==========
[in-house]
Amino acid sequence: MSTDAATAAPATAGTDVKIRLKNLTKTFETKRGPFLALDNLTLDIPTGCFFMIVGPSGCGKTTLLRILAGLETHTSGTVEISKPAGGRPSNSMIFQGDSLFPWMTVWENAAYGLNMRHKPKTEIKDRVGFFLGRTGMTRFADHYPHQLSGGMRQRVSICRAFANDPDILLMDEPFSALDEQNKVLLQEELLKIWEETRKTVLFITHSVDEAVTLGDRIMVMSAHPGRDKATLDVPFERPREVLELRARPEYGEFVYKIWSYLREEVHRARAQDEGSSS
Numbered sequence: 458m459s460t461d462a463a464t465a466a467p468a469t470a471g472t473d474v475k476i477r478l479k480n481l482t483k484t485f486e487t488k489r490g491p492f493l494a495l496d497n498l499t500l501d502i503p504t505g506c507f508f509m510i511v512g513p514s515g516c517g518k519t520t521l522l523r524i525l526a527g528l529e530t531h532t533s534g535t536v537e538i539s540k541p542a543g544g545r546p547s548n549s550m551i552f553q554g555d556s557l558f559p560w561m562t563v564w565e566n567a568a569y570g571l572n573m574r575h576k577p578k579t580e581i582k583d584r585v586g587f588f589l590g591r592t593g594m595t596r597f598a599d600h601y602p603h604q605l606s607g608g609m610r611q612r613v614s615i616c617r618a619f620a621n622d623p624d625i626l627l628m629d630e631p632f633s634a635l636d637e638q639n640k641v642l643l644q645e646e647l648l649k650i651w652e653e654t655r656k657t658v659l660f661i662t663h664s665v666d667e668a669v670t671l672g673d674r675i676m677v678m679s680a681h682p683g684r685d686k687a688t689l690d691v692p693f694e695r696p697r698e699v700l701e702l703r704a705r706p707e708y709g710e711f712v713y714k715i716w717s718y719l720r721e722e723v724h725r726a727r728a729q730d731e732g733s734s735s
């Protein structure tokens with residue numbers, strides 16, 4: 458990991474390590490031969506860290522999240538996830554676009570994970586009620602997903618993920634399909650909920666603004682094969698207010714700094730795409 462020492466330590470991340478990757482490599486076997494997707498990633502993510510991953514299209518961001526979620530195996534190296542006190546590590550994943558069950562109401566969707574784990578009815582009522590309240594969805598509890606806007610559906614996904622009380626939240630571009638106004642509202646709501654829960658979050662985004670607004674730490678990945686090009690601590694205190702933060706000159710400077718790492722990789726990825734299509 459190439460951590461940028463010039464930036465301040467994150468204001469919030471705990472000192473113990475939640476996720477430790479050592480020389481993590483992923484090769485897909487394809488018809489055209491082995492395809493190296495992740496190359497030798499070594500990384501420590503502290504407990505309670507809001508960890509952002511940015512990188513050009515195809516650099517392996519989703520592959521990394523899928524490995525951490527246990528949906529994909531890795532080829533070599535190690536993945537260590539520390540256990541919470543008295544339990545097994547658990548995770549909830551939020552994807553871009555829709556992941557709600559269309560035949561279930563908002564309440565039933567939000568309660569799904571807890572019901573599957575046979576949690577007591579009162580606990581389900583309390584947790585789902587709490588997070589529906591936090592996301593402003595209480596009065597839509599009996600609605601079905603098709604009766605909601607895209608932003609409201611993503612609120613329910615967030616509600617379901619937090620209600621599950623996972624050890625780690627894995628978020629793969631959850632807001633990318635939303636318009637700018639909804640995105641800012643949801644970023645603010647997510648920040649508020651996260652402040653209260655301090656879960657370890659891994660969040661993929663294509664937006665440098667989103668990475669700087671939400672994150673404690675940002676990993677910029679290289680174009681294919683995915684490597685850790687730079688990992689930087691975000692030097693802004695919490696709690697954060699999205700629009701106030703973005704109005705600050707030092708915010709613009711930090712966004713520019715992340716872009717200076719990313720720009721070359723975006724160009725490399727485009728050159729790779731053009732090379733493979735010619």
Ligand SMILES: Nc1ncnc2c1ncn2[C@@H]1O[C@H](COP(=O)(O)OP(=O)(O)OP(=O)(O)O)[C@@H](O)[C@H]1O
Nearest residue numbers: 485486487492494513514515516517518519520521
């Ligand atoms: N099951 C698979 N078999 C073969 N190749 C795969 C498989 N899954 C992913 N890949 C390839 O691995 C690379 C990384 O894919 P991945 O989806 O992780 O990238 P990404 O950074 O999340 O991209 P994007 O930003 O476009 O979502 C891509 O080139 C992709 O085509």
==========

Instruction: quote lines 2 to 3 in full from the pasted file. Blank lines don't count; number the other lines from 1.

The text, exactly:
Amino acid sequence: MSTDAATAAPATAGTDVKIRLKNLTKTFETKRGPFLALDNLTLDIPTGCFFMIVGPSGCGKTTLLRILAGLETHTSGTVEISKPAGGRPSNSMIFQGDSLFPWMTVWENAAYGLNMRHKPKTEIKDRVGFFLGRTGMTRFADHYPHQLSGGMRQRVSICRAFANDPDILLMDEPFSALDEQNKVLLQEELLKIWEETRKTVLFITHSVDEAVTLGDRIMVMSAHPGRDKATLDVPFERPREVLELRARPEYGEFVYKIWSYLREEVHRARAQDEGSSS
Numbered sequence: 458m459s460t461d462a463a464t465a466a467p468a469t470a471g472t473d474v475k476i477r478l479k480n481l482t483k484t485f486e487t488k489r490g491p492f493l494a495l496d497n498l499t500l501d502i503p504t505g506c507f508f509m510i511v512g513p514s515g516c517g518k519t520t521l522l523r524i525l526a527g528l529e530t531h532t533s534g535t536v537e538i539s540k541p542a543g544g545r546p547s548n549s550m551i552f553q554g555d556s557l558f559p560w561m562t563v564w565e566n567a568a569y570g571l572n573m574r575h576k577p578k579t580e581i582k583d584r585v586g587f588f589l590g591r592t593g594m595t596r597f598a599d600h601y602p603h604q605l606s607g608g609m610r611q612r613v614s615i616c617r618a619f620a621n622d623p624d625i626l627l628m629d630e631p632f633s634a635l636d637e638q639n640k641v642l643l644q645e646e647l648l649k650i651w652e653e654t655r656k657t658v659l660f661i662t663h664s665v666d667e668a669v670t671l672g673d674r675i676m677v678m679s680a681h682p683g684r685d686k687a688t689l690d691v692p693f694e695r696p697r698e699v700l701e702l703r704a705r706p707e708y709g710e711f712v713y714k715i716w717s718y719l720r721e722e723v724h725r726a727r728a729q730d731e732g733s734s735s